Comment Would definitely be dead without my helmet. (Score 1) 104 104

I'd be dead without mine. Picture this: me moving about 30 miles per hour down a long straight hill in the Bay area, pedaling hard, and misjudging the light I see changing on the side street, I plow my bike full-on into the side of a car turning right in front of me. The 100+ feet of skid marks I left on the asphalt before correctly determining that I would not be able to stop were not enough to avoid the collision. About 30 feet before my bike slammed into the side of the vehicle, I stood up on the left side pedal, timed my departure, and pushed off, jumping from it in time to fly through the air just behind the car as my bike proceeded ahead. It was a cool day, and I had a jacket on. I sailed upside down, face up past the car and landed on my back and head, sliding along the ground on my jacket and helmet for a good 20 or 30 feet farther down the slope. I remember coming to rest and laying there for a while, then getting up to check the car and the accident site. I was fine, though a little shaken up. Traffic had stopped in each direction and people were swarming around the car. The driver got out, completely white. I looked at the dent and my bike, crumpled and considerably shorter than it had ever been from one end to the other. People said they had seen sparks when the collision happened. I told the driver, looking at the dent, "I'm sorry about your car." He said in a high voice, "Never mind about the car! Are you all right?" I said I was fine. I felt pretty wobbly, though, and someone took me the rest of the way home. Later, I took the bike into our local shop, which was a good one. The guy behind the counter turned around from the bike he was working on, and when he saw what I had carried in, he put down the wrench, came around the counter, put his hand on my shoulder and said firmly but gently, "My friend, that bike is history." I would be dead without my helmet. Bikes are not just for tooling around parks slowly, looking at the scenery. And even when you think they are, or just vehicles for ambling gently from place to place, things can turn ugly in an unexpected way very, very fast. Wear your helmet.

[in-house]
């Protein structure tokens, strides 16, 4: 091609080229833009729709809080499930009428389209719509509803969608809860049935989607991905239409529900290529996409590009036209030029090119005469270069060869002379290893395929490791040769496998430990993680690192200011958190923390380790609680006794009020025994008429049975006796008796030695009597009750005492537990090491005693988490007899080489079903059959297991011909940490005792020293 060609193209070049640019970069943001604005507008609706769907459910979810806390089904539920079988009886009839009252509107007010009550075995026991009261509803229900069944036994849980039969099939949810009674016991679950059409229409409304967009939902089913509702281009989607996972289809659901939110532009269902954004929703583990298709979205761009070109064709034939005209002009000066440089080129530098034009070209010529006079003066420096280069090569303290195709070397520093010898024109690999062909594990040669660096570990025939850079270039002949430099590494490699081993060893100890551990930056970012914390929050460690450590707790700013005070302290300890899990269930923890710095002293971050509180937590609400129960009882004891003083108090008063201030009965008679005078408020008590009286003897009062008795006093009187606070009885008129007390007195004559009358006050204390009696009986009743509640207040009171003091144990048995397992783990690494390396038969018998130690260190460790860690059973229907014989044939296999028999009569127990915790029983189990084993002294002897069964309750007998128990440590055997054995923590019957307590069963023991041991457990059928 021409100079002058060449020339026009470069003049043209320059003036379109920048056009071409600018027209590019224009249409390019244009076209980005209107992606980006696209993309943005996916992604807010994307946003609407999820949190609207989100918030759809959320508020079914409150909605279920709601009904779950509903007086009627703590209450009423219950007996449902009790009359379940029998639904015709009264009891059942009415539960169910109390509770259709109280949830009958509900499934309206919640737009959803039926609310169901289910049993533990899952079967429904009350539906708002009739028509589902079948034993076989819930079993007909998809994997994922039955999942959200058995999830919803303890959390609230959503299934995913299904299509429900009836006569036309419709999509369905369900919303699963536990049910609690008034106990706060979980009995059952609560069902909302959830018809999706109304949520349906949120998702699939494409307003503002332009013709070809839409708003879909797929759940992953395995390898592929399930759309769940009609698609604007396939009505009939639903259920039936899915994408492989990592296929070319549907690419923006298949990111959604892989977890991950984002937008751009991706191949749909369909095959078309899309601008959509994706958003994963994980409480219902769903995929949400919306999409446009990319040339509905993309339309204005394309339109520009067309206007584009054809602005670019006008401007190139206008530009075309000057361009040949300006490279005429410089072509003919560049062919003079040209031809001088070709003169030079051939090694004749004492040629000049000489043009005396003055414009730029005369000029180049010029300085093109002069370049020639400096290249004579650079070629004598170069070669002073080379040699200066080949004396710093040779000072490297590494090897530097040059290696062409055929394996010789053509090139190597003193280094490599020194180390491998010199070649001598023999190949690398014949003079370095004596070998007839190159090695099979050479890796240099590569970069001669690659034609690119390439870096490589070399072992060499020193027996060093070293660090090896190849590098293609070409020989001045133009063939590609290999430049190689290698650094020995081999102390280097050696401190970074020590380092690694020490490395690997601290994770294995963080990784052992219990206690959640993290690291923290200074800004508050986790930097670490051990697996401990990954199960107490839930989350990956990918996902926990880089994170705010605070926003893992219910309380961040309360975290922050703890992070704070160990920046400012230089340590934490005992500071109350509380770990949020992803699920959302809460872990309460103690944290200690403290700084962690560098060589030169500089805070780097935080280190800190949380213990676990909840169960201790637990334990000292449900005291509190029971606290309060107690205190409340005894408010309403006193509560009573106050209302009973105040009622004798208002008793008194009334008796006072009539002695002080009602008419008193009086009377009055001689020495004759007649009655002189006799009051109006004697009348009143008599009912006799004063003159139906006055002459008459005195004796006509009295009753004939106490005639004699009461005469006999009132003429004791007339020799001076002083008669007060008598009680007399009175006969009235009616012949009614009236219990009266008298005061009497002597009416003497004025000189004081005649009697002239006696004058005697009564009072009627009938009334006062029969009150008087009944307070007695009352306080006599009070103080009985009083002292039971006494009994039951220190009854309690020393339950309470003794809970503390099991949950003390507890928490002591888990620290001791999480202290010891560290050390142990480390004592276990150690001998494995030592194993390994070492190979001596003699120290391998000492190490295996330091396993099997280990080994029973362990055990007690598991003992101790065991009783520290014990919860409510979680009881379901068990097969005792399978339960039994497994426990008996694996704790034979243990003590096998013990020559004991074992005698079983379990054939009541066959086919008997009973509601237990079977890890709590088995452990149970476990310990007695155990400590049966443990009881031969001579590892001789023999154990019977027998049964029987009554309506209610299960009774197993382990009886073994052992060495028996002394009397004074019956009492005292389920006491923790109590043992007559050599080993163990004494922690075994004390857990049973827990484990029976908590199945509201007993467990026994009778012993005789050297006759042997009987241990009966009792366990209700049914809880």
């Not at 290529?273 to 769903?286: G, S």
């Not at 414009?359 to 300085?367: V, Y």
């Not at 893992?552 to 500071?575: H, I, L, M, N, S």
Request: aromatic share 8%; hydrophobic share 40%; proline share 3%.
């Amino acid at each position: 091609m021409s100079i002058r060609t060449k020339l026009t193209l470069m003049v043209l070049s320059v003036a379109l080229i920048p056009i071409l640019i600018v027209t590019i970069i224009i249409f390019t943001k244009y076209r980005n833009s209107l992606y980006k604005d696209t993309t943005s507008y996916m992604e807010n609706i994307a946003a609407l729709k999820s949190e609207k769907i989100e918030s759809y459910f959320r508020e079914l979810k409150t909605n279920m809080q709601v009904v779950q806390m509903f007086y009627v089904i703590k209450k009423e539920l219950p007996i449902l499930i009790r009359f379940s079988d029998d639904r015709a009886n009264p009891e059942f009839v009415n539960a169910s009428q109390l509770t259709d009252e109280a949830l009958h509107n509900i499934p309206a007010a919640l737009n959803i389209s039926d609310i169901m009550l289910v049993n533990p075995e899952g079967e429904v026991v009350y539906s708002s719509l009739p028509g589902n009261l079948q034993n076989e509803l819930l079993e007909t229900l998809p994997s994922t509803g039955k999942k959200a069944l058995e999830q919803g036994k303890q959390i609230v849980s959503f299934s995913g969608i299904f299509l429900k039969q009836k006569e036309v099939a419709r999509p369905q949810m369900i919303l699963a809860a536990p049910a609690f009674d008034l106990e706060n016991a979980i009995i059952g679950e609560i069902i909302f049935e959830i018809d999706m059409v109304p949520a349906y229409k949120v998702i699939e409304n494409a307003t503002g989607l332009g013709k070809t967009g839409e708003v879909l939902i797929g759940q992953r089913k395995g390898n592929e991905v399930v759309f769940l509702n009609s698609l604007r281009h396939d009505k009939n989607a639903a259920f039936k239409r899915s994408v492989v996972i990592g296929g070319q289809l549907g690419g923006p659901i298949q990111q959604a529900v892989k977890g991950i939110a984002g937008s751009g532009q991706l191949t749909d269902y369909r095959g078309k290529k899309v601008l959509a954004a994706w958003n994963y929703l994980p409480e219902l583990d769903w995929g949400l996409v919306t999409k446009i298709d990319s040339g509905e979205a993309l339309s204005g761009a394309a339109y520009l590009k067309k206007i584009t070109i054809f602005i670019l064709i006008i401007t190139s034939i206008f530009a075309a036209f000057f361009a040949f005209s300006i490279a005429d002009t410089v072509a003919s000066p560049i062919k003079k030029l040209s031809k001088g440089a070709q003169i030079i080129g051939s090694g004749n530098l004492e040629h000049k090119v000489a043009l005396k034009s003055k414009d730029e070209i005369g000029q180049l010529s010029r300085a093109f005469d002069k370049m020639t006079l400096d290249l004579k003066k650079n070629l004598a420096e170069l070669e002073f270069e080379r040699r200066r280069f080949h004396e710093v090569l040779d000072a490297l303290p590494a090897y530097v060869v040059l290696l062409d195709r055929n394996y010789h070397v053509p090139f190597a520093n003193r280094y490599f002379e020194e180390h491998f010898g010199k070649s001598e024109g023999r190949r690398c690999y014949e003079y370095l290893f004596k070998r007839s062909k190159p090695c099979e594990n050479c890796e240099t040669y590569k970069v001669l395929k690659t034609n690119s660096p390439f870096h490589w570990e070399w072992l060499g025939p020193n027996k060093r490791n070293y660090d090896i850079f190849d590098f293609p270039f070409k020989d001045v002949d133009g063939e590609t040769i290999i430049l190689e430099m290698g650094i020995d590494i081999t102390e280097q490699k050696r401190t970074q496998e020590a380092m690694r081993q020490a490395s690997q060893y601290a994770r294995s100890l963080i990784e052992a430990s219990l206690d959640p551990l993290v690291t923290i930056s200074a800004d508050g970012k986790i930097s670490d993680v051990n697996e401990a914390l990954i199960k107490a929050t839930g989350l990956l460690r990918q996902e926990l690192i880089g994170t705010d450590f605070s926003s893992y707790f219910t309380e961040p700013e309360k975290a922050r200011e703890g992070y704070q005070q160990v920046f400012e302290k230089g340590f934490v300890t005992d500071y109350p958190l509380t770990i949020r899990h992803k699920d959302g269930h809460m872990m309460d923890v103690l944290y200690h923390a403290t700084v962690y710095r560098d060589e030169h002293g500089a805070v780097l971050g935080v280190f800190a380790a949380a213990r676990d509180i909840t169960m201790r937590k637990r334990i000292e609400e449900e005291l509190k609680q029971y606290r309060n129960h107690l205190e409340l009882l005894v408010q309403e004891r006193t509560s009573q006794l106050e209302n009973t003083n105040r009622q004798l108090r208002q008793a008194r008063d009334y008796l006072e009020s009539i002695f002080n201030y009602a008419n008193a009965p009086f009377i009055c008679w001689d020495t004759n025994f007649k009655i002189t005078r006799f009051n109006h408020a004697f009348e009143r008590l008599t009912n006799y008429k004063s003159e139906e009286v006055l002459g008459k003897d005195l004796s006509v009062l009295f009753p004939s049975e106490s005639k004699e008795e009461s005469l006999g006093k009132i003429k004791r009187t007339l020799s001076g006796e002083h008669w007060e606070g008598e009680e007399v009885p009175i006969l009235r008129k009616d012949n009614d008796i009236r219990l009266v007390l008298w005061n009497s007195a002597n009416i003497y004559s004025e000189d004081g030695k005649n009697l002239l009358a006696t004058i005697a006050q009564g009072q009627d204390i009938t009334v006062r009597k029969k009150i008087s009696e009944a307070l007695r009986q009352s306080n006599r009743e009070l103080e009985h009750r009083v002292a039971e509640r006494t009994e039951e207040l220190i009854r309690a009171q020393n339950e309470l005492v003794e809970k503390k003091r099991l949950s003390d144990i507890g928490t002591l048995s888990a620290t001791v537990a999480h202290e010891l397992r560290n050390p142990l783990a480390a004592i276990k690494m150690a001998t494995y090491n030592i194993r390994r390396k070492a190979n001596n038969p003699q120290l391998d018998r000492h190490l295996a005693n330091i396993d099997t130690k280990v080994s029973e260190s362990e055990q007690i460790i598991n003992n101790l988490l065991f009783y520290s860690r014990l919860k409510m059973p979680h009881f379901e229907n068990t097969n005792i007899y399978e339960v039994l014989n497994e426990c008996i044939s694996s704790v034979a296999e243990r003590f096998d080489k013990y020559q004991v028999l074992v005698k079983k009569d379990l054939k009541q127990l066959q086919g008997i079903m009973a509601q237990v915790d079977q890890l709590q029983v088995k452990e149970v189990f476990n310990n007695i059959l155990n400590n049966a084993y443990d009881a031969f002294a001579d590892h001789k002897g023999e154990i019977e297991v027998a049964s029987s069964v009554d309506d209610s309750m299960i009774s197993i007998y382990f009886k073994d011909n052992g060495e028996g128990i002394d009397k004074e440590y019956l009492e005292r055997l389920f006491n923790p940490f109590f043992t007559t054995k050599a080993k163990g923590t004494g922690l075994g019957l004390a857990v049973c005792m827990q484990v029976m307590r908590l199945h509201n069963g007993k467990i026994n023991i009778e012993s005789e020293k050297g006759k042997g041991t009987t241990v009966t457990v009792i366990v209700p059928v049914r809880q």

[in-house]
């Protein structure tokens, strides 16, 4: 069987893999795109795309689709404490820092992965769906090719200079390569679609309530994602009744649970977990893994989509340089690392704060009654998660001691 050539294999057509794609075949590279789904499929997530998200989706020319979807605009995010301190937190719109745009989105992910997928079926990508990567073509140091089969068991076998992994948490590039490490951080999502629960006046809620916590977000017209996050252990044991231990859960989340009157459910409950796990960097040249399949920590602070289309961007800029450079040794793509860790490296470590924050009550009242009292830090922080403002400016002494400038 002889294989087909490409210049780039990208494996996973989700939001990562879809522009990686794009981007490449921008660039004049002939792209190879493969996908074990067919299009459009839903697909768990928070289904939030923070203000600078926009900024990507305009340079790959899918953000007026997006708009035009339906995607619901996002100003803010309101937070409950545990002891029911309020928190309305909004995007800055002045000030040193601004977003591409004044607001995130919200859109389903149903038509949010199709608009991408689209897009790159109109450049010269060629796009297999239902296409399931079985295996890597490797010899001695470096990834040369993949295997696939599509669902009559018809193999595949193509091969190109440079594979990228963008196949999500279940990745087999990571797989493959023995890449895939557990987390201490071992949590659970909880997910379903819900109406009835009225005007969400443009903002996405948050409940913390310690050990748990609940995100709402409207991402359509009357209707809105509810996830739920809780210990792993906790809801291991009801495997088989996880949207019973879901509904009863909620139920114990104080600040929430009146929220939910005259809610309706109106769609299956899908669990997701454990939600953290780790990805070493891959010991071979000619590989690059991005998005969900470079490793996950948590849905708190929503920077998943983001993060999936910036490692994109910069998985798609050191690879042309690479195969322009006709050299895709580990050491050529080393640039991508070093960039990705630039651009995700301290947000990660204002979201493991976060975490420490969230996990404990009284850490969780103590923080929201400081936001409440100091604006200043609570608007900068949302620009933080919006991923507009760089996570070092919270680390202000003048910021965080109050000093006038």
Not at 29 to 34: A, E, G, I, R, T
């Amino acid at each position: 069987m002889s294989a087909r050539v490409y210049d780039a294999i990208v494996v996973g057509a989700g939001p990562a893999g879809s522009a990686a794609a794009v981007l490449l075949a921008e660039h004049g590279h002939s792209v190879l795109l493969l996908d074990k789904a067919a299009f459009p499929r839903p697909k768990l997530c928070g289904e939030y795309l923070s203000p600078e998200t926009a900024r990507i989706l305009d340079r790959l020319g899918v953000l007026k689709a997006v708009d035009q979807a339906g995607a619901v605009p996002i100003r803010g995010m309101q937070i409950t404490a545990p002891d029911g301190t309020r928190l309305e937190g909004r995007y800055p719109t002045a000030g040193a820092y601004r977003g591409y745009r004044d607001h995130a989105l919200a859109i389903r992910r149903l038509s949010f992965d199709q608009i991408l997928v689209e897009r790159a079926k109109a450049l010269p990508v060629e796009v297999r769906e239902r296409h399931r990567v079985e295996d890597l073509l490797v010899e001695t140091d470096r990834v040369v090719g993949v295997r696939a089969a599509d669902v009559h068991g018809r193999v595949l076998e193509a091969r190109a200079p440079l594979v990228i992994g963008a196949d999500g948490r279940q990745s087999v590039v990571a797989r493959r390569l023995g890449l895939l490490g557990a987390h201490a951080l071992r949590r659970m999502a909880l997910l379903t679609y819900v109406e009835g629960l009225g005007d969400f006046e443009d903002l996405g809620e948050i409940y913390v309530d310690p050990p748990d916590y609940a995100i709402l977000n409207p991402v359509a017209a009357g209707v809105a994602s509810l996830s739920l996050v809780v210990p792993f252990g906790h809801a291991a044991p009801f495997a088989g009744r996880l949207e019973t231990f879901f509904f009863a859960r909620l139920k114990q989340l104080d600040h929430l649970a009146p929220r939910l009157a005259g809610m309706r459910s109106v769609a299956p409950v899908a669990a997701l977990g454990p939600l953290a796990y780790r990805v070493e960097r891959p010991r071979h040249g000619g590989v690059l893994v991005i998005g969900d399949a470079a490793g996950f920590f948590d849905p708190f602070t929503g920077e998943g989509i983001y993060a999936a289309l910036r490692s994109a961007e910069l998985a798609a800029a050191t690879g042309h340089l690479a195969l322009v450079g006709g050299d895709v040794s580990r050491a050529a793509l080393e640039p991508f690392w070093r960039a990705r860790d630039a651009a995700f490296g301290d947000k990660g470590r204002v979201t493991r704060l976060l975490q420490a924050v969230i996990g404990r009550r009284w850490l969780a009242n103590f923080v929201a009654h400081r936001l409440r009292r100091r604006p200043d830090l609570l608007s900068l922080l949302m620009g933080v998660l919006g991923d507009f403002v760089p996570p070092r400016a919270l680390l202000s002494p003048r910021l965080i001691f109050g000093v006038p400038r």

Comment I adblock for performance reasons only (Score 1) 716 716